NBA’s Utah Jazz abandons traditional cable, launching streaming service: The move reflects a major shift in sports media distribution—and consumption.
Amazon is trying to create a mini-Super Bowl: The company has gotten major brands like State Farm to pay $600,000 for a 30-second ad during its Black Friday game.
WhatsApp partners with Mercedes-AMG F1, offering exclusive broadcast channel content: The messaging platform makes a play for fandom’s attention.
On today's podcast episode, we discuss what happens now that the actors strike is over, how the Super Bowl is fundamentally changing, whether live sports need new shorter content, what's next for WhatsApp, why people immigrate to the US, and more. Tune in to the discussion with our forecasting writer Ethan Cramer-Flood, forecasting analyst Zach Goldner, and director of forecasting Oscar Orozco.
AMC edges up, Tubi soars, Fubo holds ground, Paramount+ expands: Diverse strategies shape the streaming battlefront.
Sunday Ticket propels YouTube TV to 48% growth: The pay TV service has seen subscriptions jump significantly since it acquired the costly streaming rights.
Rising costs and channel fragmentation hurt sports engagement: Survey highlights a need to enhance discoverability and affordability.
On today's podcast episode, we discuss how social networks could improve society, the NBA's plan to remake its TV deals, US consumers' feelings on shoppable ads, how many folks are "serial churners," how disruptive Sweetgreen's salad-making robot might be, a scientific breakthrough from a 14-year-old, and more. Tune in to the discussion with our forecasting writer Ethan Cramer-Flood, forecasting analyst Zach Goldner, and director of forecasting Oscar Orozco.
Amazon leaks show the power of football streaming rights: The company expects two new ad products for Thursday Night Football to bring in $100 million this year.
YouTube's exclusive NFL stream hit by glitches: Despite prior praise, fans face buffering and pixelation during prime games.
ESPN is the financial diamond of Disney's entertainment portfolio: As the sports leader pivots to streaming, it must balance pursuit of NBA rights with profitability.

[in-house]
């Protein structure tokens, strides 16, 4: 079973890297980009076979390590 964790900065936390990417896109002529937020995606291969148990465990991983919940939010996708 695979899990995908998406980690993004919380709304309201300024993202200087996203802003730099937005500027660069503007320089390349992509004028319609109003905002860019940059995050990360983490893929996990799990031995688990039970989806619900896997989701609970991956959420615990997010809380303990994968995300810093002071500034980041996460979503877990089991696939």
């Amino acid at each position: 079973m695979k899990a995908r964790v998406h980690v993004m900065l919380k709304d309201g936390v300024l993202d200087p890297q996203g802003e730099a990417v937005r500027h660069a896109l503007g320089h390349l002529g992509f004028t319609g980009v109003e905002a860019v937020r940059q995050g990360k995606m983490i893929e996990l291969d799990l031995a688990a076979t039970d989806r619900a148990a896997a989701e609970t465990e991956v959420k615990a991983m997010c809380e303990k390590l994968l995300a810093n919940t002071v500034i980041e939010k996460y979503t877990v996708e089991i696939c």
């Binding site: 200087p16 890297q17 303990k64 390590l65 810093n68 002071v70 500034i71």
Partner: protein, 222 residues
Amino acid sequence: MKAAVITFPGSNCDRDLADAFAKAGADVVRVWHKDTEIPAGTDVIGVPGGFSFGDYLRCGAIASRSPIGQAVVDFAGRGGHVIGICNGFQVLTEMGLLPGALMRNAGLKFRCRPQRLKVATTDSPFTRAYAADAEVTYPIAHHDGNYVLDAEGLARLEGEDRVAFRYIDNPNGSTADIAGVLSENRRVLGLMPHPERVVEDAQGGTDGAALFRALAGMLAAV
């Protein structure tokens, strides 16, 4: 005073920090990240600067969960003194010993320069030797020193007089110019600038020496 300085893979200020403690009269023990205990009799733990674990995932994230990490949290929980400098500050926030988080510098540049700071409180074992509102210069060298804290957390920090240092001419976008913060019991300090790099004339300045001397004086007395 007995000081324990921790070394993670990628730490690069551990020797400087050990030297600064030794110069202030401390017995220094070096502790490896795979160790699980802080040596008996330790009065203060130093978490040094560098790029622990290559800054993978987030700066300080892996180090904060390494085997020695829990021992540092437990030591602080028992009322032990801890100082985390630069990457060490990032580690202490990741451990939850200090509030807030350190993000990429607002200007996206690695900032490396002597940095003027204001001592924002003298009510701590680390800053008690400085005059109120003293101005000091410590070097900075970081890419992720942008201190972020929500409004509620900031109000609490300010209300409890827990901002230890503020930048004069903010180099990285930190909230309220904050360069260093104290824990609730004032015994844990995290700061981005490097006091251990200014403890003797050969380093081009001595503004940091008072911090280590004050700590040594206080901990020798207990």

TikTok wants to court sports advertisers: The app recently held sessions to teach advertisers how to build effective campaigns around major sports events.
YouTube CEO emphasizes NFL focus: NBA rights are not an immediate priority despite looming contracts fight.
JCPenney spends on sports streaming, citing lack of scripted content: Ad deals with Apple and Amazon are a sign that Hollywood strikes are influencing ad spending.
On today's podcast episode, we discuss how much ad spending will grow this year, whether there are more reasons to be optimistic or pessimistic about consumer spending, and what today's most interesting ad spending trends are by media and company. "In Other News," we talk about a deal to bring video ads to Spotify’s app on Roku and how Amazon's second year of streaming Thursday Night Football is going. Tune in to the discussion with our analyst Paul Verna.
Bank sponsorships shift from sports stadiums to music venues: Gen Zers at outdoor music festivals this past summer were more likely than ever to see bank logos on tents and signboards.
On today's podcast episode, we discuss the speed of AI adoption, what to make of ChatGPT's engagement lull, and how Nvidia is shaping AI's future. "In Other News," we talk about how Roblox's AI assistant could transform gaming and how Amazon is using its neural network to improve the NFL's game-watching experience. Tune in to the discussion with our analysts Jacob Bourne and Gadjo Sevilla.
Amazon reshapes NFL viewership on streaming platforms: Nielsen's ratings versus internal data presents challenges in the era of digital broadcasting.
On today's podcast episode, we discuss why supercharged online sports gambling is now everywhere, what the ecosystem looks like, and some hard truths about gambling addiction. "In Other News," we talk about the latest on writers' and actors' strike negotiations and how it is influencing advertising decisions and studio revenues. Tune in to the discussion with our analyst Paul Verna.
On today's podcast episode, we discuss whether people will ever buy items they see in TV shows, if online ratings are broken, a relaunched Amazon Shipping trying to compete with UPS and FedEx, if CNN and sports can move the needle for streaming service Max, whether the continuing partnership between Target and Starbucks is boosting curbside pickup, where we got gas before gas stations, and more. Tune in to the discussion with our vice president of content Suzy Davidkhanian and analysts Blake Droesch and Paul Verna.